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Ezra Klein Gives the Smackdown to Matt Miller


Which problem does your third party solve? - The Washington Post: "Whenever friends of mine begin idly fantasizing about a third party, I always have the same question: which problem of American governance, specifically, is your third party meant to solve? Gridlock in the Congress? Corporate money in politics? Ideas that go unmentioned by the two major political parties?…

As Greg Sargent pointed out, [Matt Miller's] speech sounds substantially like speeches President Obama has given, either recently or during the 2008 campaign. The policy ideas, too…. [S]hort-term stimulus and long-term deficit reduction… corporate tax reform and the imposition of an energy tax… higher salaries to teachers and easier ways to fire the ones who perform poorly… universal pre-k and tweaks to the Affordable Care Act… higher capital ratios to rein in the banks and campaign-finance reform to clean out our elections… higher taxes and a lift in the eligibility age for both Medicare and Social Security… truce on issues like abortion and gun control until we get the economy back on its feet… what the Obama administration would do if it didn’t have to clear its policies with Congress or the American people.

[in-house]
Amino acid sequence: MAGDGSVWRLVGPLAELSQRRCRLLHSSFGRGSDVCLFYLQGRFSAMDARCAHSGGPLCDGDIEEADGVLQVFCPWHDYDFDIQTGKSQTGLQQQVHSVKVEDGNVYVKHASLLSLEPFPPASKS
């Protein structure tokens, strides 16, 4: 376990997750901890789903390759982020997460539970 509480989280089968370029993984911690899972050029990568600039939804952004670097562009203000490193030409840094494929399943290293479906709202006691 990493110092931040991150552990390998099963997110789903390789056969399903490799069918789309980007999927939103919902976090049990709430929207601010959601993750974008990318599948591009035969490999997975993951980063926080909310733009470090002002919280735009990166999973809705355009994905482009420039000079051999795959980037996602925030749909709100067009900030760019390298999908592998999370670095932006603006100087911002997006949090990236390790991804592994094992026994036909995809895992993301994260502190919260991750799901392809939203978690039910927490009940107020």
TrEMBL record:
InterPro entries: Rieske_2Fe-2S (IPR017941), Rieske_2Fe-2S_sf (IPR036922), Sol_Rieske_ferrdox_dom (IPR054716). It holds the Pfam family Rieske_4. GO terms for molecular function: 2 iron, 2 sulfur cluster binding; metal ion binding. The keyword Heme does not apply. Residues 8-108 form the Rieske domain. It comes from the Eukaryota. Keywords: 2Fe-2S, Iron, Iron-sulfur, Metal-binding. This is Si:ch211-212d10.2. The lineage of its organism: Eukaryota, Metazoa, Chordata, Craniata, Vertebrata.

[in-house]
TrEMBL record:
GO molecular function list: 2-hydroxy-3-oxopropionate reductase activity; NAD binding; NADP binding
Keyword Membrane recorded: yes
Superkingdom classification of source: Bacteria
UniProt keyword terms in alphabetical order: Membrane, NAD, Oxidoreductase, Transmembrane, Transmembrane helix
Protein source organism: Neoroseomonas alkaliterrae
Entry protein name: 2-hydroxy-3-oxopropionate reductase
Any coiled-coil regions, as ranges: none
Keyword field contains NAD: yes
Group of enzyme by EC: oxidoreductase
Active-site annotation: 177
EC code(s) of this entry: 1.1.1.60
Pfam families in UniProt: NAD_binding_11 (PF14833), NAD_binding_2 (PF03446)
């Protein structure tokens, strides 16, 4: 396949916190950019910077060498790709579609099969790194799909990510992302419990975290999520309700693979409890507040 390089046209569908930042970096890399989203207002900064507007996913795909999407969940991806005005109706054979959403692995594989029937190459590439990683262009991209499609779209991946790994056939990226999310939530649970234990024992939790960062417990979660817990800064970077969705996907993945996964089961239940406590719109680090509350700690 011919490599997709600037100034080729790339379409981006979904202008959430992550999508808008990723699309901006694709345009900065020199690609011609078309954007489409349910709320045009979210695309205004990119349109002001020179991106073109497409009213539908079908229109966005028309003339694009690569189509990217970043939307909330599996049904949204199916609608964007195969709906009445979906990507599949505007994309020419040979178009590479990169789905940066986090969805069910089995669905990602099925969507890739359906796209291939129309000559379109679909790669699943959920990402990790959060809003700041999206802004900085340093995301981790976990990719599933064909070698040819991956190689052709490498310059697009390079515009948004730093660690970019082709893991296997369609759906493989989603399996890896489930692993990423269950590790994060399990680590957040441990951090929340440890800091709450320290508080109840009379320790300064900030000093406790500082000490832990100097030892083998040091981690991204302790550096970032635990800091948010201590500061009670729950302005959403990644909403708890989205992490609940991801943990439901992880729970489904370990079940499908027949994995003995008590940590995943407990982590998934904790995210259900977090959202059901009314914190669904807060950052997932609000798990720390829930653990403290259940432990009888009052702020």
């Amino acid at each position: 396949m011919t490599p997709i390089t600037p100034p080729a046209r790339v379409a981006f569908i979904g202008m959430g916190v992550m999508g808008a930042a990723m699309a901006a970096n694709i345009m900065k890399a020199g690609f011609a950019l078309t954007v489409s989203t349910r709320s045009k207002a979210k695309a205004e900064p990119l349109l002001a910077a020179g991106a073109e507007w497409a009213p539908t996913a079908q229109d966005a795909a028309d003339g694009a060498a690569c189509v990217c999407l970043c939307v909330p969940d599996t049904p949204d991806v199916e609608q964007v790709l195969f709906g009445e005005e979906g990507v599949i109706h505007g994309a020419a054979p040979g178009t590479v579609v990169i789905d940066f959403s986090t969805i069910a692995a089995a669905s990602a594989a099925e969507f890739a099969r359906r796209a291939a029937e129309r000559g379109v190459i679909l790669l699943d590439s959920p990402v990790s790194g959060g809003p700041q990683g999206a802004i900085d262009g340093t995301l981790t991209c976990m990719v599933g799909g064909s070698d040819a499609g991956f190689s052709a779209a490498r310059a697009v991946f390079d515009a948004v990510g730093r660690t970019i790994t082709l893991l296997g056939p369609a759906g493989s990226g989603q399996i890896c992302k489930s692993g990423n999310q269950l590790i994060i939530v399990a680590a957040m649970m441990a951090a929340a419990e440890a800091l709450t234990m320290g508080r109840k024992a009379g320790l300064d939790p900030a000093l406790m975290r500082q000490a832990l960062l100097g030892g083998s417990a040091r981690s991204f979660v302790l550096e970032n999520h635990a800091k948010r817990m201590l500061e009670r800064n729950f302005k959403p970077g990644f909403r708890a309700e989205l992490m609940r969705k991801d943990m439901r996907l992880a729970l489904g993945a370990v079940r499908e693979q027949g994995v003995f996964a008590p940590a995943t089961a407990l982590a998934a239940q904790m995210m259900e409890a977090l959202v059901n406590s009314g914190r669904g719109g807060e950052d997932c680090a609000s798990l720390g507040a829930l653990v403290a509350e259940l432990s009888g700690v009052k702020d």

Miller’s speech implies that what’s holding American politics back is that there are no candidates willing to give this speech, or hold these positions. That’s not accurate. What’s holding American politics back is a polarized Congress that has collapsed into gridlock. What’s holding American politics back is that the minority party understands that the quickest path back to power is undermining the majority party’s ability to govern. What’s holding American politics back is that voters want a government spending at about 23 or 24 percent of GDP but they want taxes around 18 percent of GDP, or maybe even a bit lower.

These types of third-party proposals tend to talk a lot about hard truths, tough choices and unpleasant realities. But in almost all cases, they skirt the hardest political truth of all, which is that politics is hard, often boring, work…

I don't know whether Ezra is correct in his claim that Matt simply wants to avoid the hard work of politics--wants to avoid facing the fact that if he actually wants to get all these good things done, he needs to roll up his sleeves and start working alongside those of us trying to advance Obama's agenda--or whether he is too embarrassed and "nonpartisan" to admit that Obama's positions are his positions and that Obama ought to be his ideal president.